Integrating Water, Sanitation and Hygiene (WASH) and Health for Improved Universal Health Outcomes: What Governments Must Do to Deliver Quality Care

This post is part of a series authored by the BASICS (Bold Action to Stop Infections in Clinical Settings) team. BASICS is a new initiative that will transform healthcare and reduce healthcare-associated infections (HAIs) by at least 50%.

Written by Blessing Sani, WaterAid Communications Officer, Nigeria

 

As the world accelerates progress toward quality healthcare, governments must prioritize increased access to inclusive and sustainable water, sanitation and hygiene (WASH) services in healthcare facilities.

Clean water, decent toilets and good hygiene help to control and prevent diseases and their spread. They protect health workers and patients and allow the delivery of quality health care services. Sadly, these normal things are the forgotten foundations for good health. The impact on women and children is alarming – estimates are that one in five births globally takes place in least-developed countries and, each year, 17 million women in these countries give birth in health centers with inadequate water, sanitation and hygiene.1

In Nigeria – one of the four countries that BASICS initially targets – half of healthcare facilities lack clean water, 88% are without basic sanitation and 57% lack handwashing facilities with soap. In a corroborative assessment by WaterAid in 2016 in six Nigerian states (Bauchi, Benue, Ekiti, Enugu, Plateau and Jigawa), primary healthcare centers assessed in urban, semi-urban and rural areas generally had low access to piped water within the facility; more than 20% lacked toilets. In addition, our assessment found there were no structured systems for the operation and maintenance of water and sanitation facilities.

For health workers like Gloria Samuel, the lack of water makes it difficult for her to carry out her duties as a cleaner at the Bwari Town Clinic in Abuja.

“We don’t have water so we buy it from the vendor or practice rain harvesting during the rainy season,” Gloria says. “The rain-harvested water is used to clean the toilets and water bought is used for cleaning more sensitive instruments and for patients who need clean water to wash up, but we still do not know how clean the water is.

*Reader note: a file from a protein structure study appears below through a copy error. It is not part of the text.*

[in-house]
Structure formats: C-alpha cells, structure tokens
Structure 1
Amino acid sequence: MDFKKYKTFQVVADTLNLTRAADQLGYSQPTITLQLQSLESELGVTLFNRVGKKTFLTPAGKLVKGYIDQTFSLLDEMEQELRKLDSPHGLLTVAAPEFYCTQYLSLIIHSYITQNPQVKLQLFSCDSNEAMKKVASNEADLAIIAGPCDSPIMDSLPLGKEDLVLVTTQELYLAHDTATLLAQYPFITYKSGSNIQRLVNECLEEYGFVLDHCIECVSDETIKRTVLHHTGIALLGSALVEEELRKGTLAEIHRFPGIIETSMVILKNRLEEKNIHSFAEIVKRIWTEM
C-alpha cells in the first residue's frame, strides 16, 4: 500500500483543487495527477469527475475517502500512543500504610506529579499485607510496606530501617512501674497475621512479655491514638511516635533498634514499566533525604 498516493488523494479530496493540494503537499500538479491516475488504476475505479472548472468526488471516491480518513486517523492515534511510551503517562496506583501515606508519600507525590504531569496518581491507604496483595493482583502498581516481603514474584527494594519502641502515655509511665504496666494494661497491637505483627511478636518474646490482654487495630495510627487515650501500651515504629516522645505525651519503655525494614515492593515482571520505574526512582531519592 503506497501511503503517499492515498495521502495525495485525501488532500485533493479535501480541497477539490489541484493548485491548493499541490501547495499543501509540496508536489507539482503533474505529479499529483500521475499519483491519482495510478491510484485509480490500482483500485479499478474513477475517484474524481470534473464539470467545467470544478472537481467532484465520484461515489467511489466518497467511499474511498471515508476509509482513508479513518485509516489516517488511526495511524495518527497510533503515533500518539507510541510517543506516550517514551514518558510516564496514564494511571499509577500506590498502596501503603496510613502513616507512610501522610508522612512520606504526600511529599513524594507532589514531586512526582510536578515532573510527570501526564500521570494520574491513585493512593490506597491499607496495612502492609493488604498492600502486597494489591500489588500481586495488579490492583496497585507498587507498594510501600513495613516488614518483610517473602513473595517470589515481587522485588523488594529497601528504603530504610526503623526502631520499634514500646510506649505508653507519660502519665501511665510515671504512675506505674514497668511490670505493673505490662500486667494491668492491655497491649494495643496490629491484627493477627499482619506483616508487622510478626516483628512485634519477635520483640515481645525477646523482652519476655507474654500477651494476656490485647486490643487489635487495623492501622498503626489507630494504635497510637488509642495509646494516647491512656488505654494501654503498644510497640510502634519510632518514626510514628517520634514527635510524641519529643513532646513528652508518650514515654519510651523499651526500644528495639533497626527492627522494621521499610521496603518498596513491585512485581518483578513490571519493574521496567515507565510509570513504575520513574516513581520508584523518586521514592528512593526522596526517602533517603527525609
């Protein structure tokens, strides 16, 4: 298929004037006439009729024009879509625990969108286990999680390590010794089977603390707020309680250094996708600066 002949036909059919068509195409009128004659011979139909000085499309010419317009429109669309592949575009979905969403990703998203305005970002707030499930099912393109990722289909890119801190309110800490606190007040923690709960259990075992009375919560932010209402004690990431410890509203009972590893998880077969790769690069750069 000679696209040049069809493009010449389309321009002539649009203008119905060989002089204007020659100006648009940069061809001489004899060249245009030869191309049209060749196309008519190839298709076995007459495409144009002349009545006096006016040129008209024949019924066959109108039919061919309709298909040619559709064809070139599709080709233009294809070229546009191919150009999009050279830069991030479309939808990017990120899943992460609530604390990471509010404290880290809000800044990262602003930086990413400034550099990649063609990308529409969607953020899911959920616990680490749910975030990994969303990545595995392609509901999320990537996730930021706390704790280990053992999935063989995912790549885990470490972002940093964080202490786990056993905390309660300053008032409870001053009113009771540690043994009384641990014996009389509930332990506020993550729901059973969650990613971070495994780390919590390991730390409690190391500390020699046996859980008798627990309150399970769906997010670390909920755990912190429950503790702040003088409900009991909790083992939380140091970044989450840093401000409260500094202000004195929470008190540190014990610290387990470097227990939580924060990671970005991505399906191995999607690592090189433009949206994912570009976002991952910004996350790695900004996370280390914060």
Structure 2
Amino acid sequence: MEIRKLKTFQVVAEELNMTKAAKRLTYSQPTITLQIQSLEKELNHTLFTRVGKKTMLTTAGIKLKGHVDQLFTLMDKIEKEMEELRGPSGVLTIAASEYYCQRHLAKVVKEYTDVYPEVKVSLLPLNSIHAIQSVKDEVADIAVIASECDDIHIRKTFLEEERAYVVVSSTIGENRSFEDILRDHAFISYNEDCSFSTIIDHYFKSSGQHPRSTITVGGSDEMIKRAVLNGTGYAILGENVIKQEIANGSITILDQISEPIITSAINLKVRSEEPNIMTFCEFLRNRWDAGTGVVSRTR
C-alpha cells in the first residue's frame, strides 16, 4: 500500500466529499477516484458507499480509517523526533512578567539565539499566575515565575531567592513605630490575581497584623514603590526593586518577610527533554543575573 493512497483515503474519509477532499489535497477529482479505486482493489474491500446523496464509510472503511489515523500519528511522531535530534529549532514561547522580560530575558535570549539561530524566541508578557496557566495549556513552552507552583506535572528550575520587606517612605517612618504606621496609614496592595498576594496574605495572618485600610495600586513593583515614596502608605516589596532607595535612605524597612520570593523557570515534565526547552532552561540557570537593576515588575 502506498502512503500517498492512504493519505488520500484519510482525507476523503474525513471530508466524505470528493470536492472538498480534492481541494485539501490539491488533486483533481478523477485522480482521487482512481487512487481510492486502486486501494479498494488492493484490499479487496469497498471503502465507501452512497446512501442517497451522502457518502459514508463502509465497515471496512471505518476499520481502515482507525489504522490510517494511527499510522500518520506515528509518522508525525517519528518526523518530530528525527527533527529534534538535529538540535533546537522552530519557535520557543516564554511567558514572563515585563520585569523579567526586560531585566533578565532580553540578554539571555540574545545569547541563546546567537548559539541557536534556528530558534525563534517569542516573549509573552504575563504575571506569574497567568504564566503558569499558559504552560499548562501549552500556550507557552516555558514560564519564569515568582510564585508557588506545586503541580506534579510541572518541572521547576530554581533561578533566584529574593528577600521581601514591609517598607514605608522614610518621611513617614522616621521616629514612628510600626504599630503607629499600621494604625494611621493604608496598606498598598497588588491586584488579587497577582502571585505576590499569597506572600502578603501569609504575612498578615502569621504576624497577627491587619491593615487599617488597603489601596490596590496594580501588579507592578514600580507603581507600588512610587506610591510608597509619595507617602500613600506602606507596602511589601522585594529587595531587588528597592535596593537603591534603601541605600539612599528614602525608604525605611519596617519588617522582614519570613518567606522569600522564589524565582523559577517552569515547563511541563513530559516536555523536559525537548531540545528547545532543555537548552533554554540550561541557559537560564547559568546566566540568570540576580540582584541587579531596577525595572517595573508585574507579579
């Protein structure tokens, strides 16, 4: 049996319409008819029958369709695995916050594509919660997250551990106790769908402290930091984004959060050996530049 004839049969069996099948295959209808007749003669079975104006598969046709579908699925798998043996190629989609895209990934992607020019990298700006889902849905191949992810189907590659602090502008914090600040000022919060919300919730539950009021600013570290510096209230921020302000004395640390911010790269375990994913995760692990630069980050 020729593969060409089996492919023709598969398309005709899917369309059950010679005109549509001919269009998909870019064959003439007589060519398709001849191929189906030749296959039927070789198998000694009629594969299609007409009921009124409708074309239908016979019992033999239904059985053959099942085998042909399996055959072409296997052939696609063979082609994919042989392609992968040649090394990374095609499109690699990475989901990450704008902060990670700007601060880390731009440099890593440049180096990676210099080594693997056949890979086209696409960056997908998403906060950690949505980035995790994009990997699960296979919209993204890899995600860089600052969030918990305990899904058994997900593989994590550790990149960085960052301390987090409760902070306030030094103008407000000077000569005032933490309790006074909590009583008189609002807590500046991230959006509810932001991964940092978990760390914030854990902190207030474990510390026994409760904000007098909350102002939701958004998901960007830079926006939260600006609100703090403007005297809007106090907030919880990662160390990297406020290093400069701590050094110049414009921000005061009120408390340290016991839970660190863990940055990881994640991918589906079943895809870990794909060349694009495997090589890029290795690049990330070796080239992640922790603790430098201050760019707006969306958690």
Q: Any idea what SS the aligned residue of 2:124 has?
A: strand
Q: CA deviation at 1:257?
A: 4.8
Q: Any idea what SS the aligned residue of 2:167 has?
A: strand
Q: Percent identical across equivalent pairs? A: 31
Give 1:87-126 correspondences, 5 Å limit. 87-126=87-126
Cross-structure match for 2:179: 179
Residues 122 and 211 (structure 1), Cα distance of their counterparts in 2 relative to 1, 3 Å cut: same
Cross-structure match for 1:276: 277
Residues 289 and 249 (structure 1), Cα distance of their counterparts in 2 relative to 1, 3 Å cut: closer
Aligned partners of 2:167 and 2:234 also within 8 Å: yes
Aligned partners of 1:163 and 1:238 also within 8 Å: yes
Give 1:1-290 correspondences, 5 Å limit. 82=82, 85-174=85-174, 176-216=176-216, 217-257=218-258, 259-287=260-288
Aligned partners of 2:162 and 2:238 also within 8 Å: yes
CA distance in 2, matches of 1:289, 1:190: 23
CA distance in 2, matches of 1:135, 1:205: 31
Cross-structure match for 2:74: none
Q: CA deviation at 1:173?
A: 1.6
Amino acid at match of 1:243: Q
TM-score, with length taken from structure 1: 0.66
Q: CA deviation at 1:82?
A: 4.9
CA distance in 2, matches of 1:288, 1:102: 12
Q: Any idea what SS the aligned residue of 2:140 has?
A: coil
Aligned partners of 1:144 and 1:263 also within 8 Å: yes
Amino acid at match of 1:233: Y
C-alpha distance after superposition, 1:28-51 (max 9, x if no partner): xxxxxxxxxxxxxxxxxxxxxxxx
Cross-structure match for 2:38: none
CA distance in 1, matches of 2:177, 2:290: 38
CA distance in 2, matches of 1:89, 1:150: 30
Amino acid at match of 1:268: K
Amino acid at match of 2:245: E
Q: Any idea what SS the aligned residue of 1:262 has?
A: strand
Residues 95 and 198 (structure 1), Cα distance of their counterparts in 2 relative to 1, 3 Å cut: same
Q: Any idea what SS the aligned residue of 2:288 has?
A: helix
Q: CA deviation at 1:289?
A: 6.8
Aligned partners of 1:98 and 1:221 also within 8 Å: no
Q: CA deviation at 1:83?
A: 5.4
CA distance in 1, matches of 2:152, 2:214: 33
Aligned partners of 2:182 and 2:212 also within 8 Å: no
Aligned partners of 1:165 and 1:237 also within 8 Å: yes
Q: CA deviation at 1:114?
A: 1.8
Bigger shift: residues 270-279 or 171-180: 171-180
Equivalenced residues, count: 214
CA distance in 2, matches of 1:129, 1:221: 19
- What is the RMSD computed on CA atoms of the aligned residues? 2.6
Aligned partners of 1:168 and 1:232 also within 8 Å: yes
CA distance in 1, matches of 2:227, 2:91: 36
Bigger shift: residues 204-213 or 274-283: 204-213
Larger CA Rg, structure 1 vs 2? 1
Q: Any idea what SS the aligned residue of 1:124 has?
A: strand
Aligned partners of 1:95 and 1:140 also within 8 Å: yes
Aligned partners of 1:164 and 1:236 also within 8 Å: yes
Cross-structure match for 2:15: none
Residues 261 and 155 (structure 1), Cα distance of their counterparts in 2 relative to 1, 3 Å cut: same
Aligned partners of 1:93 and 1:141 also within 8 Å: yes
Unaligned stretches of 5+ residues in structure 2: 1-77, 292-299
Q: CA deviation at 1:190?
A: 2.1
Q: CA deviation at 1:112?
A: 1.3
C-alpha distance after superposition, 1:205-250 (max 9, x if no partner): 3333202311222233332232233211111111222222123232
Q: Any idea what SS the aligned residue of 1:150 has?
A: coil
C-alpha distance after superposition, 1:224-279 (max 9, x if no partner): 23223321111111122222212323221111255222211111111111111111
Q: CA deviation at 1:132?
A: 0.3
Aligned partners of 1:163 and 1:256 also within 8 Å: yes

“With the water situation, I only wash the toilets once a day and that is not good enough, but if we have constant water flow, we will be happy. When we work without water, it is difficult because this is a hospital. A hospital can’t stay without water because the work will not move forward.”

Globally, an estimated 896 million people use healthcare facilities with no water service, and one in five facilities has no sanitation service, impacting 1.5 billion people.2  Diseases like Ebola, Lassa Fever and cholera spread fastest when these services are lacking. This cycle ensures improvements in health are not sustainable. Often times, the dire consequences are manifested in ill health, deaths, economic losses and a lifetime legacy of disease and poverty.

When clean water, decent toilets and good hygiene services are available, the ripple effect is transforming. Risks of infection for patients and their families, staff and surrounding communities are greatly reduced; people are kept safe from deadly diarrhoeal diseases and are better able to break free from poverty.

 

Accelerating Quality Healthcare
In 2017, Nigeria launched a scheme to revitalize 10,000 primary healthcare centers across the country to make quality and affordable healthcare accessible to the poor and vulnerable. This commitment presented a window to integrate inclusive and sustainable WASH services into the program plans and design. However, despite this and other efforts around improving maternal and child health and nutrition, achieving the goal of Universal Health Coverage requires increased political commitment, practical policies, strong coordination and partnerships, financing and preventive interventions.

There’s need for better coordination, collaboration and integration between WASH and health actors based on the recognition that WASH underpins quality health outcomes. Furthermore, improving healthcare requires a multi-sector approach that incorporates investments in WASH alongside other sub-sectors like nutrition, maternal and child health, menstrual hygiene management and gender. WASH is an essential building block for patient safety, quality of care, for tackling undernutrition and threats like antimicrobial resistant infections, and for realising Sustainable Development Goal 3 – ensuring healthy lives and promoting well-being for all.

United Nations Secretary-General António Guterres says “Water, sanitation and hygiene services in health facilities are the most basic requirements of infection prevention and control, and of quality care. They are fundamental to respecting the dignity and human rights of every person who seeks health care and of health workers themselves.”

We couldn’t agree more! Only by making clean water, decent toilets and good hygiene available for everyone, everywhere, can we prevent diseases from spreading, transform lives and livelihoods and deliver quality health services that keep people well and unlock their potential.

To learn more about BASICS (Bold Action to Stop Infections in Clinical Settings), visit savethechildren.org.

 

1,2. World Health Organization and the United Nations Children’s Fund, WASH in health care facilities: Global Baseline Report 2019